June 6 marks inaugural Secure Your Load Day

PHOENIX (FOX 10) - Many of us have driven around and seen another vehicle, maybe a pickup truck, with so much stuff in the back, and thought that something could come flying through your windshield at any moment. That actually happened in the tragic case of one Valley father who lost his son and hopes his story will show others the dangers of not securing your load.

"Take a moment to think about a time when you were in your car or your pickup [truck] driving and you had to slam on your brakes or swerve because of something like a ladder or piece of furniture or even tree branches suddenly appeared ahead of you in your lane," said Glendale Mayor Jerry Weiers.

It's an image that Paul and Toby Reif envision constantly after road debris killed their son, Matthew.

"My son was killed by a piece of metal that was only one foot long and two inches wide," said Paul.

On June 6, 2006, while working a construction job in San Tan Valley, a loose piece of metal from a trailer of a truck fired off the road like a bullet, killing the 29-year-old while he was driving on Hunt Highway.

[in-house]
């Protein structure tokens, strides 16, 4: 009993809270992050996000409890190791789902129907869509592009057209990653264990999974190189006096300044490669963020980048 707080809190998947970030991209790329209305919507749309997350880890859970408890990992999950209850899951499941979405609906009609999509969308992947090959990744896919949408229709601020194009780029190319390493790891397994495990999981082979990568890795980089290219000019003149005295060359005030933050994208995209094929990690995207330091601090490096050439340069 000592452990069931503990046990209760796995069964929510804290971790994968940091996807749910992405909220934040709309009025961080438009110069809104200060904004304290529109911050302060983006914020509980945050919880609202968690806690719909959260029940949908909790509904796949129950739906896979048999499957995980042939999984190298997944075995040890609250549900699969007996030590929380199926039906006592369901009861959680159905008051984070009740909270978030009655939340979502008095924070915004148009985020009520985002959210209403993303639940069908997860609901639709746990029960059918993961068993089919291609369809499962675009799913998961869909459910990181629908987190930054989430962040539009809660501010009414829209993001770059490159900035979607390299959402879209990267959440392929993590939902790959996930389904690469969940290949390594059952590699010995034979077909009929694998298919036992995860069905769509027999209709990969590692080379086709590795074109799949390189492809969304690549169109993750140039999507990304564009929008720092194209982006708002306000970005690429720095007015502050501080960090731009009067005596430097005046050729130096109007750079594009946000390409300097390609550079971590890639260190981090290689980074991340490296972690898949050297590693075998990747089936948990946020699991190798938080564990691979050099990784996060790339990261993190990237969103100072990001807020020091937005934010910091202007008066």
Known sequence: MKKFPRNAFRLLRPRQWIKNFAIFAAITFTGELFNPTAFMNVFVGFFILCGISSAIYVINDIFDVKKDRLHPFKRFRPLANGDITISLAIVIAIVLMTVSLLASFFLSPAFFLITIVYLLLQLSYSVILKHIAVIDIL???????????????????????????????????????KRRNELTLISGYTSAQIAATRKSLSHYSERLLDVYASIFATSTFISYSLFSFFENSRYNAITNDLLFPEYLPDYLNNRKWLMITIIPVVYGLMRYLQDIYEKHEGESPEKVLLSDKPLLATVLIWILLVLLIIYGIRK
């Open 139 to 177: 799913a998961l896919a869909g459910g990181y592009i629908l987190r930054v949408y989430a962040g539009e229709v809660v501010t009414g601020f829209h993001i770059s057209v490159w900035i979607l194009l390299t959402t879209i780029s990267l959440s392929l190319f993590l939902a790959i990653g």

"Unsecured loads and road debris are not freak accidents, they are frequent accidents," said Paul. "Most are preventable, with a few minutes of time and a few dollars of equipment."

According to DPS, there are roughly 1,000 debris-related crashes throughout Arizona each year. in Maricopa County, there were 12 deaths in the last five years blamed on road debris. The proclamation of "Secure Your Load Day" is a reminder to drivers that if you see debris on any freeway, it's considered an emergency and you should call 911 right away.

"I've seen a bucket fall off a truck, I've seen a mattress," said Arizona resident Diana Hopkins. "The other day, there was a big sofa that was just right at an exit that my daughter had to avoid going home. And yeah, it's dangerous."

The proclamation was made official on the 13th anniversary of Matthew's death. His father said that as drivers, we too have a responsibility to keep the roads safe so that something like what happened to his son doesn't happen to someone you care about.

"Secure your load as if everyone you love is driving behind you," Paul said.